Post doc research means you must work with others, unlike a lonely PhD. This morning, we spent a couple of hours on a Skype call in a project team meeting discussing writing a joint document. I thought I had problems writing my PhD thesis, but now imagine writing documents between more than a dozen of you from six or seven academic institutions, from several countries, with different languages, getting the right version of the document, updating without overwriting your colleagues’ work. Those are just the practicalities, never mind the different styles of writing.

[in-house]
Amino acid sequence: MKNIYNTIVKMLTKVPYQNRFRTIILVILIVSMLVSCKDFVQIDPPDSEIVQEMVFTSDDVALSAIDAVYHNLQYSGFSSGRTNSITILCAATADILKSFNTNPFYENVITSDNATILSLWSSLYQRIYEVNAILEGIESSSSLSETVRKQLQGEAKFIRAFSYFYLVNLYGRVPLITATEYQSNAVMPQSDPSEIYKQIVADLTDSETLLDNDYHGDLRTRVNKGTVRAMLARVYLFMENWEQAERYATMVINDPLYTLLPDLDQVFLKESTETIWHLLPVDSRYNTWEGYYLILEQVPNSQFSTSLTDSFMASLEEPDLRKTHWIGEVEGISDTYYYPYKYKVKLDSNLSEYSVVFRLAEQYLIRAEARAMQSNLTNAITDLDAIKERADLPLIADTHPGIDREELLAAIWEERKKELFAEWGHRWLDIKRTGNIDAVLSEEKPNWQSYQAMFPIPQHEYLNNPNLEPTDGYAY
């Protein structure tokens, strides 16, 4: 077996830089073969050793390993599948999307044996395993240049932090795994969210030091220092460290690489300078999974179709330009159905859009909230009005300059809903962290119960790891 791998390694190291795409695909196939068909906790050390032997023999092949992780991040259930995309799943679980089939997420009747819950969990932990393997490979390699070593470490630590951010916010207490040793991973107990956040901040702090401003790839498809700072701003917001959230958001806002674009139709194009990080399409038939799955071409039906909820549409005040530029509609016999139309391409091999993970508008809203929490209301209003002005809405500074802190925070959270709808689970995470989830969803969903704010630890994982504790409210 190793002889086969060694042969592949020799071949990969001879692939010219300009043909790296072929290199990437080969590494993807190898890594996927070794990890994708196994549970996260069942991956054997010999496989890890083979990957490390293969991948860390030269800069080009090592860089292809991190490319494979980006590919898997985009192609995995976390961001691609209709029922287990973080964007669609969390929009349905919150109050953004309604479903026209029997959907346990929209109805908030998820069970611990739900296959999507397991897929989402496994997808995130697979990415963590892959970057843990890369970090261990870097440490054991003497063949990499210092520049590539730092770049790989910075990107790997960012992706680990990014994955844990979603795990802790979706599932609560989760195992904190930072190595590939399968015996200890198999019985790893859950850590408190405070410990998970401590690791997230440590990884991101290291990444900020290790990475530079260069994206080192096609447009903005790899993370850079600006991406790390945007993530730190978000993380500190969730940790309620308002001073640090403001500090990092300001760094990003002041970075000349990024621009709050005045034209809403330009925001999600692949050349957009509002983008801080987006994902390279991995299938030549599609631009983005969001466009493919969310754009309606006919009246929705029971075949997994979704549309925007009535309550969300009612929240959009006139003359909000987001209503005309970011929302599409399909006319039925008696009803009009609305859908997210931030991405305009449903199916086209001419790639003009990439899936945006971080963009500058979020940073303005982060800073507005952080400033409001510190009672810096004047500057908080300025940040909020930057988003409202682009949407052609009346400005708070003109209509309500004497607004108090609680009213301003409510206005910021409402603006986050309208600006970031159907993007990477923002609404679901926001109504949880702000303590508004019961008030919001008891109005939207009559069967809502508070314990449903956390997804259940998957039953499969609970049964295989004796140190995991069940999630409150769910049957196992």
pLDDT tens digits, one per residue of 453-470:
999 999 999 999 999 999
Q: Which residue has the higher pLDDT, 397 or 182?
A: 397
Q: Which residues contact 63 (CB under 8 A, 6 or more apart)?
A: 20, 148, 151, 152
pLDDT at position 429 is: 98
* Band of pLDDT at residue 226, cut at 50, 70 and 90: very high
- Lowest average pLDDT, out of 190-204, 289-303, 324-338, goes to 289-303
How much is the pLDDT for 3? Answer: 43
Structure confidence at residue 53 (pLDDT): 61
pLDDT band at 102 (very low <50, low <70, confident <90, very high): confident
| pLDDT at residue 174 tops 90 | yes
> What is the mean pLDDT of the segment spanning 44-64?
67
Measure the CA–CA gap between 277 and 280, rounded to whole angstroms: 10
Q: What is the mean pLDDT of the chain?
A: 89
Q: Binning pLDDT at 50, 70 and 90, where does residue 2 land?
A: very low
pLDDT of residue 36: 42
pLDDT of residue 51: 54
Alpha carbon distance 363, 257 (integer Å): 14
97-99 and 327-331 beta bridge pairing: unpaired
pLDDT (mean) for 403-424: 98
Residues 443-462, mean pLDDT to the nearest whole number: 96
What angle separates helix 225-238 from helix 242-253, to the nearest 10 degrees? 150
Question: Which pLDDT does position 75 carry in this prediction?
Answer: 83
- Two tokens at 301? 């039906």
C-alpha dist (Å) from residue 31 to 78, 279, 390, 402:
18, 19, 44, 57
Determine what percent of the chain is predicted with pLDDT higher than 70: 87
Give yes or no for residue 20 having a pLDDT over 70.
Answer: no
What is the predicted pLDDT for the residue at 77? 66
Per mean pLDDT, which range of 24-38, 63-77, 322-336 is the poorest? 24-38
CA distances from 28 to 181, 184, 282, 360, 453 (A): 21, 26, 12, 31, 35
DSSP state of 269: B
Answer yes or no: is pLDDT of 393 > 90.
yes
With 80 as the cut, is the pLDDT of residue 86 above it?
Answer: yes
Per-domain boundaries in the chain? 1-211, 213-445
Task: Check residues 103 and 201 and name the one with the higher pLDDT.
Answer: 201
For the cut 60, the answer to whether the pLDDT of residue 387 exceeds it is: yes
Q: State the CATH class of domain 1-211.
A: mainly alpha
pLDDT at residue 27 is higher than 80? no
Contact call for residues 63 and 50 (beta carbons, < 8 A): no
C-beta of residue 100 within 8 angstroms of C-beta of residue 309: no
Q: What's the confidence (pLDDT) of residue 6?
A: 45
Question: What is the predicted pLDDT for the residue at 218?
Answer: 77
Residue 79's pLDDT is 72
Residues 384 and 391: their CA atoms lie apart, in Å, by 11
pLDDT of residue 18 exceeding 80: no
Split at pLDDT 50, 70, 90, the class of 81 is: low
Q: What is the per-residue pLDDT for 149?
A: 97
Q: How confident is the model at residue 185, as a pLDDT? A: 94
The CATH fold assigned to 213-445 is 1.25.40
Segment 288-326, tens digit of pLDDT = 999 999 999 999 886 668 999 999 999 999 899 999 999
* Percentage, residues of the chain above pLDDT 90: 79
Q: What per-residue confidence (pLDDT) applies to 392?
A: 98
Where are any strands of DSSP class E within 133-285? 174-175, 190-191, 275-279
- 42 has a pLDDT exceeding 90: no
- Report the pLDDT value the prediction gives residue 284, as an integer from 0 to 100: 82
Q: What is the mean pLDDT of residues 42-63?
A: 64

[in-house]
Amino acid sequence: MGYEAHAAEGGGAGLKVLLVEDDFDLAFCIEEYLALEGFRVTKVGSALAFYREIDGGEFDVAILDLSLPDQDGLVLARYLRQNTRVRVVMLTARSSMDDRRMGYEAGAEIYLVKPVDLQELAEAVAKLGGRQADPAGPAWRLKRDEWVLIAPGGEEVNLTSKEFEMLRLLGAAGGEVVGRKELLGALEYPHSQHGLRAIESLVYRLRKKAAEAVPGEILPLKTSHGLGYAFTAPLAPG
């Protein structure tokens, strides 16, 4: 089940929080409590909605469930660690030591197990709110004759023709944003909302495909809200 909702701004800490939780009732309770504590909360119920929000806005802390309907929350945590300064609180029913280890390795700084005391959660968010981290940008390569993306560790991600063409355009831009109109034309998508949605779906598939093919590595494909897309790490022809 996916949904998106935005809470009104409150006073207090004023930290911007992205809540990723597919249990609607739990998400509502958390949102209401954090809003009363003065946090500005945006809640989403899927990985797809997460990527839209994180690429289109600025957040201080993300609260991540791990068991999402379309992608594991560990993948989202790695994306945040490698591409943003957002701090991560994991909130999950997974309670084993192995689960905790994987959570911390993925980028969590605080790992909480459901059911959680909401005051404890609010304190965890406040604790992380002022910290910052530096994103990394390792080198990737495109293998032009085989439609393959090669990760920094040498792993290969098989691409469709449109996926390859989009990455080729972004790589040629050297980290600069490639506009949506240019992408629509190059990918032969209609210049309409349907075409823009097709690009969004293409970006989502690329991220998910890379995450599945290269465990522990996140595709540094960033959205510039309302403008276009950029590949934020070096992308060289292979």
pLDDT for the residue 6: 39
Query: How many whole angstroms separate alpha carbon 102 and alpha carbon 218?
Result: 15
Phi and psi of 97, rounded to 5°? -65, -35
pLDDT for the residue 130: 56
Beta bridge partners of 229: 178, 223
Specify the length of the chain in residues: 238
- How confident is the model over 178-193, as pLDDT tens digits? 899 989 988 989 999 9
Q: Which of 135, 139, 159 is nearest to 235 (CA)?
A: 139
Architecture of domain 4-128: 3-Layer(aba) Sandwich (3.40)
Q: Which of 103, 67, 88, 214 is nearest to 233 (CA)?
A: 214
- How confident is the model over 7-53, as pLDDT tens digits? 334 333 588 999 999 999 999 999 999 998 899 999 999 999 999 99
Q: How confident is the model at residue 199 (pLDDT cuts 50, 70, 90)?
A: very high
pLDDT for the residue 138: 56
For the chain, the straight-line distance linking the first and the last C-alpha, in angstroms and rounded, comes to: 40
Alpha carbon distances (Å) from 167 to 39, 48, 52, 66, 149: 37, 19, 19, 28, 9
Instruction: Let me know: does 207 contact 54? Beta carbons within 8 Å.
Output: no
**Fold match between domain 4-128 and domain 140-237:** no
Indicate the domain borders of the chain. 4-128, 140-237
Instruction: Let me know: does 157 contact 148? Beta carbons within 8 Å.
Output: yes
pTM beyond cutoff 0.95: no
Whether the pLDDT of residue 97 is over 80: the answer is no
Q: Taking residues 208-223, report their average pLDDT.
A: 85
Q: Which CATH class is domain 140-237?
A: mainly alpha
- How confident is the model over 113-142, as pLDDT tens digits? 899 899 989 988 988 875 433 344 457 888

Team work was not what I had to do for my PhD. That was a lonely path. But now, I work with a team of researchers. Although I no longer have the autonomy and total responsibility for my sole project, I enjoy working with other people. l am happy to learn to adapt and improve my writing style to write with others, and I share with others the difficulties of getting access to data. And share blogs. Hence at Storyboards and Tricky Topics, three or four of us have been writing about the JuxtaLearn research project and about engaging research.
We want to get other people (teachers, students, researchers) interested in the JuxtaLearn research, engaged enough to try JuxtaLearning in their schools, and to blog about it or comment on blogs, but what interests a researcher may not interest other people. How do you get other people interested in your research?